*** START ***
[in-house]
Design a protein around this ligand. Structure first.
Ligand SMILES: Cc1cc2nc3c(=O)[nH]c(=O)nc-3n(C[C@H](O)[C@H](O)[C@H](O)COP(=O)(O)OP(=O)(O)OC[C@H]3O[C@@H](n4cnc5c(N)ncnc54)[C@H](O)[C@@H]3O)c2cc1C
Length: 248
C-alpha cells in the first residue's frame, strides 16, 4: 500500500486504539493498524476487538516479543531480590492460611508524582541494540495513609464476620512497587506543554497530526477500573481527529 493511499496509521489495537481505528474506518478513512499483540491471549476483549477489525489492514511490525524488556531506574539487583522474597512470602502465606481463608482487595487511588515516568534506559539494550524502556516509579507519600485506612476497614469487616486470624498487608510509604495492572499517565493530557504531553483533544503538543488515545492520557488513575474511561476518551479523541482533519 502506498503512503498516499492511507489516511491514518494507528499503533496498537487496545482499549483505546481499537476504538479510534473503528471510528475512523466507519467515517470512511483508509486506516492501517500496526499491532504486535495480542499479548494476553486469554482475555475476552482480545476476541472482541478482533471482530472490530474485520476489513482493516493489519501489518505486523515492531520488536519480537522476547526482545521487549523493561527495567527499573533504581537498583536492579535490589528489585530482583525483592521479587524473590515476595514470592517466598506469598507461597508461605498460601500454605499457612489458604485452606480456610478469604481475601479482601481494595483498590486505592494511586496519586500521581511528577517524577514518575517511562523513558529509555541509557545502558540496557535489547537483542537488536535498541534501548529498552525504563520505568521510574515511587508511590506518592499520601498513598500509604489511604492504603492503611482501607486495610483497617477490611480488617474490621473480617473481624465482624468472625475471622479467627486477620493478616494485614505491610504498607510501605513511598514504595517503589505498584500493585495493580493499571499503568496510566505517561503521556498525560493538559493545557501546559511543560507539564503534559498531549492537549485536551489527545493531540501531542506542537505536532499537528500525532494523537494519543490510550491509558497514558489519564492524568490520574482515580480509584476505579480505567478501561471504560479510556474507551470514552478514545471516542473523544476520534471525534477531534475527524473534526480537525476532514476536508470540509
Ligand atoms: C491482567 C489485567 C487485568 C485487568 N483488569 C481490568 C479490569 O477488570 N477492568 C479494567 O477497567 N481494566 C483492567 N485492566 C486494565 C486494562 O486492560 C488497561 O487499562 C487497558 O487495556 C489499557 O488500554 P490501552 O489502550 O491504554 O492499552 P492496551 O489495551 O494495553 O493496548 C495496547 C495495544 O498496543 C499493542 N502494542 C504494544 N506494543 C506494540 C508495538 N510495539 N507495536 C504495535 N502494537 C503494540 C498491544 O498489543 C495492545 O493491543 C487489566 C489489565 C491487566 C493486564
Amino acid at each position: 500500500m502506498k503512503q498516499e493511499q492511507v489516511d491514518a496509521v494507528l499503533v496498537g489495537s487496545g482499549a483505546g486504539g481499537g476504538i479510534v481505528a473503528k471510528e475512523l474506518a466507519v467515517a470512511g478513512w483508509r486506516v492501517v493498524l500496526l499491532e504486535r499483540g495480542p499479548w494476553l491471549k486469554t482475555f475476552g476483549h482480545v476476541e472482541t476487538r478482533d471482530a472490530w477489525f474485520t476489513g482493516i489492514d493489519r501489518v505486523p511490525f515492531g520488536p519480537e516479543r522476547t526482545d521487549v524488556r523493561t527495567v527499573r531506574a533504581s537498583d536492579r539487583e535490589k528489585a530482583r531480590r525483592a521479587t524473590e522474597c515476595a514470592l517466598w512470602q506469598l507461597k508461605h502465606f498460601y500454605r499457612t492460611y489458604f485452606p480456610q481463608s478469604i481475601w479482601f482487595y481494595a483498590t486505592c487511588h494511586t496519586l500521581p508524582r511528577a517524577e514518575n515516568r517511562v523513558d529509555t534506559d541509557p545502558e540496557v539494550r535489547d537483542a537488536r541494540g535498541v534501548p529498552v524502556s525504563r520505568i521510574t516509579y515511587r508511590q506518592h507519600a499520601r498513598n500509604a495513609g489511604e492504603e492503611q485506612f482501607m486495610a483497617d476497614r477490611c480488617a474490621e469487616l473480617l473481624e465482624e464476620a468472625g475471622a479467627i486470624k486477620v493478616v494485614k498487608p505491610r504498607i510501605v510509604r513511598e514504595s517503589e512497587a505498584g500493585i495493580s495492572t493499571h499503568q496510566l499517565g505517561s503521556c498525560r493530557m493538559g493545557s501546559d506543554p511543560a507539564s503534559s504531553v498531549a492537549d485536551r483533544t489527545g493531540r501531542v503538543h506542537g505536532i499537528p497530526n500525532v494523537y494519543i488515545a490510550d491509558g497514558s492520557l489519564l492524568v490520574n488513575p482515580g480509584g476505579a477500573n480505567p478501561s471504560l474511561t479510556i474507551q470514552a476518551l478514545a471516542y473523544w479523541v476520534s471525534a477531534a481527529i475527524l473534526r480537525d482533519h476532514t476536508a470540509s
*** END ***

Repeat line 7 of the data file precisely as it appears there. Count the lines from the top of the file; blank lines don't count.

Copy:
Amino acid at each position: 500500500m502506498k503512503q498516499e493511499q492511507v489516511d491514518a496509521v494507528l499503533v496498537g489495537s487496545g482499549a483505546g486504539g481499537g476504538i479510534v481505528a473503528k471510528e475512523l474506518a466507519v467515517a470512511g478513512w483508509r486506516v492501517v493498524l500496526l499491532e504486535r499483540g495480542p499479548w494476553l491471549k486469554t482475555f475476552g476483549h482480545v476476541e472482541t476487538r478482533d471482530a472490530w477489525f474485520t476489513g482493516i489492514d493489519r501489518v505486523p511490525f515492531g520488536p519480537e516479543r522476547t526482545d521487549v524488556r523493561t527495567v527499573r531506574a533504581s537498583d536492579r539487583e535490589k528489585a530482583r531480590r525483592a521479587t524473590e522474597c515476595a514470592l517466598w512470602q506469598l507461597k508461605h502465606f498460601y500454605r499457612t492460611y489458604f485452606p480456610q481463608s478469604i481475601w479482601f482487595y481494595a483498590t486505592c487511588h494511586t496519586l500521581p508524582r511528577a517524577e514518575n515516568r517511562v523513558d529509555t534506559d541509557p545502558e540496557v539494550r535489547d537483542a537488536r541494540g535498541v534501548p529498552v524502556s525504563r520505568i521510574t516509579y515511587r508511590q506518592h507519600a499520601r498513598n500509604a495513609g489511604e492504603e492503611q485506612f482501607m486495610a483497617d476497614r477490611c480488617a474490621e469487616l473480617l473481624e465482624e464476620a468472625g475471622a479467627i486470624k486477620v493478616v494485614k498487608p505491610r504498607i510501605v510509604r513511598e514504595s517503589e512497587a505498584g500493585i495493580s495492572t493499571h499503568q496510566l499517565g505517561s503521556c498525560r493530557m493538559g493545557s501546559d506543554p511543560a507539564s503534559s504531553v498531549a492537549d485536551r483533544t489527545g493531540r501531542v503538543h506542537g505536532i499537528p497530526n500525532v494523537y494519543i488515545a490510550d491509558g497514558s492520557l489519564l492524568v490520574n488513575p482515580g480509584g476505579a477500573n480505567p478501561s471504560l474511561t479510556i474507551q470514552a476518551l478514545a471516542y473523544w479523541v476520534s471525534a477531534a481527529i475527524l473534526r480537525d482533519h476532514t476536508a470540509s